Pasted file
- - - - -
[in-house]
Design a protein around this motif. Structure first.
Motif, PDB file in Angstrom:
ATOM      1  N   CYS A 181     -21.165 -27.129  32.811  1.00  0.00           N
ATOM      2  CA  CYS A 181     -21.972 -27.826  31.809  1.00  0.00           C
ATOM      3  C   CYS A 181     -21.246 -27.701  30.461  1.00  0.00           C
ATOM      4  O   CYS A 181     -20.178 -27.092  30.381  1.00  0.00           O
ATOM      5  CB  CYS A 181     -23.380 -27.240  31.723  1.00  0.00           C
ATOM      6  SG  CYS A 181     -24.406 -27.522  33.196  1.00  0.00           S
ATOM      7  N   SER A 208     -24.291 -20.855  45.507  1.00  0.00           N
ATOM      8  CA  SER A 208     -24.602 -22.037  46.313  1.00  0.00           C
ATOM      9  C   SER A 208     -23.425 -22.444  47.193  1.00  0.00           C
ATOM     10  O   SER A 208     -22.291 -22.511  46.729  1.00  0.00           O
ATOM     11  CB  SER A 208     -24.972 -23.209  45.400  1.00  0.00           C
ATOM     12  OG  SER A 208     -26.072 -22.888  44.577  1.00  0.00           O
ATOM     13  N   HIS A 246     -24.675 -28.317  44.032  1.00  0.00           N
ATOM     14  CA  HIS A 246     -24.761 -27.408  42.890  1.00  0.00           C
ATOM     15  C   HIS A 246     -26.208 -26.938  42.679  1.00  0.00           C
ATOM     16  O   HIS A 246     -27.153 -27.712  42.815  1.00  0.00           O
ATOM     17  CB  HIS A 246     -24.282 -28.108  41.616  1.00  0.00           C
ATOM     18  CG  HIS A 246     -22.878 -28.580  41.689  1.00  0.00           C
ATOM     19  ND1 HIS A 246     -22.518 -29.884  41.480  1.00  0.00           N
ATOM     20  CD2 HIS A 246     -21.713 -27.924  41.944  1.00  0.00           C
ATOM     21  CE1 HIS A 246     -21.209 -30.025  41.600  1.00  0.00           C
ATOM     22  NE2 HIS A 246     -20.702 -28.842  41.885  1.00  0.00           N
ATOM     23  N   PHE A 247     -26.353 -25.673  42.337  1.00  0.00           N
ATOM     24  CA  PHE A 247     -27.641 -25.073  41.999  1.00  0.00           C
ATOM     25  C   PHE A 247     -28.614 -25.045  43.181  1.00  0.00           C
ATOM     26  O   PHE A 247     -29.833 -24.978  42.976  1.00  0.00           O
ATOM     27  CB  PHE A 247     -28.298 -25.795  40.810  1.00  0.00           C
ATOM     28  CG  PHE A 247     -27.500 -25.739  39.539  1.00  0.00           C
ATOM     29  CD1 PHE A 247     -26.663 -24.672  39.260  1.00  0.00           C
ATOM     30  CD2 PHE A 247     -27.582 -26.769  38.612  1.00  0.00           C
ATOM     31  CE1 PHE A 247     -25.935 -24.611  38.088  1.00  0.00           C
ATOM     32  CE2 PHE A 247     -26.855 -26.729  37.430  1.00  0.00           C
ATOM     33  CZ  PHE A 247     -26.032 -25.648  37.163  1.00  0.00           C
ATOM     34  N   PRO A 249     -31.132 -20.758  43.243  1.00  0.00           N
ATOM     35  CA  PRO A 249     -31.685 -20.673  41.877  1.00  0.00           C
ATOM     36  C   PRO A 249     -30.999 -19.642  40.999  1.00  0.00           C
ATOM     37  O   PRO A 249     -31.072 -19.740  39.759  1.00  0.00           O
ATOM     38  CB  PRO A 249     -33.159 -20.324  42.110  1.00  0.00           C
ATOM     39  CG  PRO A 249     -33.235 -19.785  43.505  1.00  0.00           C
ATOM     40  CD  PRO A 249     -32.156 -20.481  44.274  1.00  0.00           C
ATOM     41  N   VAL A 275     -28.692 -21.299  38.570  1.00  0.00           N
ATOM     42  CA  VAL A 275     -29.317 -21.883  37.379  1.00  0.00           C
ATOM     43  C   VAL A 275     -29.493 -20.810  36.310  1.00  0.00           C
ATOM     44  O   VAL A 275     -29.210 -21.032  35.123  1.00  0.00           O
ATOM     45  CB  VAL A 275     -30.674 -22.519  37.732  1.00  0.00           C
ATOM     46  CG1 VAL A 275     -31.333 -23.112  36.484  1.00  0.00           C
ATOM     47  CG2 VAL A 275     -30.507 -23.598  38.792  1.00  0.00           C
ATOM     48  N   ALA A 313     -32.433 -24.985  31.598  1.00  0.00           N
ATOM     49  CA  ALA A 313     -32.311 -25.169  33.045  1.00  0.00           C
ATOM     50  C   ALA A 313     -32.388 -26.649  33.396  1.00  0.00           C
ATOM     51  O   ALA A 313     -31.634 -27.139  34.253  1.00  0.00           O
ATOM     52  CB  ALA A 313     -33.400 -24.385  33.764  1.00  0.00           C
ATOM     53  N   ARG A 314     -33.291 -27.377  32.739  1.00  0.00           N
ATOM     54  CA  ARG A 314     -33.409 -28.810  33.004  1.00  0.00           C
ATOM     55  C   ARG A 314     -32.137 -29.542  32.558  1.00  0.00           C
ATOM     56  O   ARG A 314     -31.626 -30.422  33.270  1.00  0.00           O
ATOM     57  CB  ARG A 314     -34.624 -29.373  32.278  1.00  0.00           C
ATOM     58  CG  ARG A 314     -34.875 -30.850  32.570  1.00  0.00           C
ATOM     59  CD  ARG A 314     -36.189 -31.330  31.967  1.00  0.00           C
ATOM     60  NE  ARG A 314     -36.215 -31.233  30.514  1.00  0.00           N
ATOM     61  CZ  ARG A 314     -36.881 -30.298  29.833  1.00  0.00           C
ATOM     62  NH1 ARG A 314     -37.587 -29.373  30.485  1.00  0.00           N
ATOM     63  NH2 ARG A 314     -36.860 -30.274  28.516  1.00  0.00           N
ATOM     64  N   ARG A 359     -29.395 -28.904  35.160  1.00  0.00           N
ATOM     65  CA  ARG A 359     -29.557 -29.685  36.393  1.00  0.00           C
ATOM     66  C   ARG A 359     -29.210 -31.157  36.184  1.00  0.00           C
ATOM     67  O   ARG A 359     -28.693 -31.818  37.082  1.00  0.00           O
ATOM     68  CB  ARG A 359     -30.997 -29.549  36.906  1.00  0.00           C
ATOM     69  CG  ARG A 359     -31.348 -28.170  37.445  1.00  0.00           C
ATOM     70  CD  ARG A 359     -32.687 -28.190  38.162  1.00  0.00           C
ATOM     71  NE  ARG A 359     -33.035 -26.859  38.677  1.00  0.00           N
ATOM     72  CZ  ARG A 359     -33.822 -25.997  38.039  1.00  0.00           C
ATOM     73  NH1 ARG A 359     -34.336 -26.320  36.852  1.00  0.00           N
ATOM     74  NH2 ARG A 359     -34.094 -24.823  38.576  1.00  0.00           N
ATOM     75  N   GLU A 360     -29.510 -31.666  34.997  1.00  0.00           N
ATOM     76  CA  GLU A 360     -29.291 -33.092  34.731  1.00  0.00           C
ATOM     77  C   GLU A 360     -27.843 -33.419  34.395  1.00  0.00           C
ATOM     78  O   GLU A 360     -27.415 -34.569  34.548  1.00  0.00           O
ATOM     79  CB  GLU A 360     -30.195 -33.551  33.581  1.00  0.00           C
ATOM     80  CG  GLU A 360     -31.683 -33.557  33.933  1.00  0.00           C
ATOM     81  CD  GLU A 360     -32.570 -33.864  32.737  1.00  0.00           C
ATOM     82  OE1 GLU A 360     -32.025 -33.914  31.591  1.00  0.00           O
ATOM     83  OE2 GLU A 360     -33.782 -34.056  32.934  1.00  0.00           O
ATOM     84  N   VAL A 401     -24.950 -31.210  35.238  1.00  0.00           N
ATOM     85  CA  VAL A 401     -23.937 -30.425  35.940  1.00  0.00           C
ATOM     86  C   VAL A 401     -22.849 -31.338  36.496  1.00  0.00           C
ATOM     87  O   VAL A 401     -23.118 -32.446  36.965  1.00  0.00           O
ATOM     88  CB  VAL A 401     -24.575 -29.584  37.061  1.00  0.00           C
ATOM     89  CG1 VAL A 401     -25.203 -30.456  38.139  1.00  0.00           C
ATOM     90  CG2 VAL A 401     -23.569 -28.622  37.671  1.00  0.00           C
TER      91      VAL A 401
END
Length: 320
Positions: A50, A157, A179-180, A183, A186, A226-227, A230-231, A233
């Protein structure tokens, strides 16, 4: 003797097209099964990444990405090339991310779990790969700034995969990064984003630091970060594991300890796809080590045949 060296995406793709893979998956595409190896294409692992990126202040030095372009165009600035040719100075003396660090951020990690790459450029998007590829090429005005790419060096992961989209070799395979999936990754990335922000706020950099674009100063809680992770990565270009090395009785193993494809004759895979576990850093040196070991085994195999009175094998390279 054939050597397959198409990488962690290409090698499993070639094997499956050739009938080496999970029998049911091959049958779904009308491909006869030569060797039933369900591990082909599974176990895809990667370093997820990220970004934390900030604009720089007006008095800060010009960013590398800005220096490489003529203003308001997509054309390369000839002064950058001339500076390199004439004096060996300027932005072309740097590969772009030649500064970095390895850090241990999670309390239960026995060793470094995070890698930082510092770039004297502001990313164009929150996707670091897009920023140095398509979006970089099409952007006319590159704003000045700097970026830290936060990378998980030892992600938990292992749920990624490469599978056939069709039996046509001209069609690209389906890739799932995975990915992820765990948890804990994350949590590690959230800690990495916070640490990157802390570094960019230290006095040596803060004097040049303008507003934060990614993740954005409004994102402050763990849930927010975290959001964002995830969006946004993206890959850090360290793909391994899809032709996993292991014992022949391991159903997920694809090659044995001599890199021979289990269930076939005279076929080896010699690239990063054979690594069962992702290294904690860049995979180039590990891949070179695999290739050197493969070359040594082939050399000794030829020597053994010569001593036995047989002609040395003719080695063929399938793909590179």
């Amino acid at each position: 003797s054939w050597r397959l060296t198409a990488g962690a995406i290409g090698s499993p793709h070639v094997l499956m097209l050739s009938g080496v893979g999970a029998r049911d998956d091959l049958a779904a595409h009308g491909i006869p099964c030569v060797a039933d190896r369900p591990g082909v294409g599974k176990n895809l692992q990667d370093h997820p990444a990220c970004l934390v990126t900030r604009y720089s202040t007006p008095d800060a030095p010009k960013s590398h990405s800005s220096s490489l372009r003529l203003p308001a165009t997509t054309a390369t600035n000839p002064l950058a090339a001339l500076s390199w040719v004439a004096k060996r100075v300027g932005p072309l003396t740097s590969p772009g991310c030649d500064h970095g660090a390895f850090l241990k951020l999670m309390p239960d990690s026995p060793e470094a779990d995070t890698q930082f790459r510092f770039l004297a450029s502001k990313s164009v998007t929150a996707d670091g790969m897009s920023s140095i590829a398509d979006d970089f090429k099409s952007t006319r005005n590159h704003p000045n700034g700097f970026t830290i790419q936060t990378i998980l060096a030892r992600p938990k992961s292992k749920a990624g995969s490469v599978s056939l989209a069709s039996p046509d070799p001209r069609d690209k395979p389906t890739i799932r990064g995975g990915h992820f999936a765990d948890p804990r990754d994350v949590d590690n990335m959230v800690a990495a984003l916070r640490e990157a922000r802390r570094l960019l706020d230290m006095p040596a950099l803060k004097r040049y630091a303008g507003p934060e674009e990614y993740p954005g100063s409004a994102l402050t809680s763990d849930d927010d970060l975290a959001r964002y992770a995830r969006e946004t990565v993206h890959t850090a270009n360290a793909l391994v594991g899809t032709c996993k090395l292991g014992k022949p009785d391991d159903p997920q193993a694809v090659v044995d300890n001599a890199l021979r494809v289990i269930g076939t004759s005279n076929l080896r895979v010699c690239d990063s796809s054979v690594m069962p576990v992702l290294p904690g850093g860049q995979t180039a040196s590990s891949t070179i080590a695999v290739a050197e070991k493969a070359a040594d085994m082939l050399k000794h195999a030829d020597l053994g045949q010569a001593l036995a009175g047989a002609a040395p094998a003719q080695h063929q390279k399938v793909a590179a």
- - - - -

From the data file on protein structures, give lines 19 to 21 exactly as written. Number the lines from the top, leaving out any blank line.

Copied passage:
ATOM     16  O   HIS A 246     -27.153 -27.712  42.815  1.00  0.00           O
ATOM     17  CB  HIS A 246     -24.282 -28.108  41.616  1.00  0.00           C
ATOM     18  CG  HIS A 246     -22.878 -28.580  41.689  1.00  0.00           C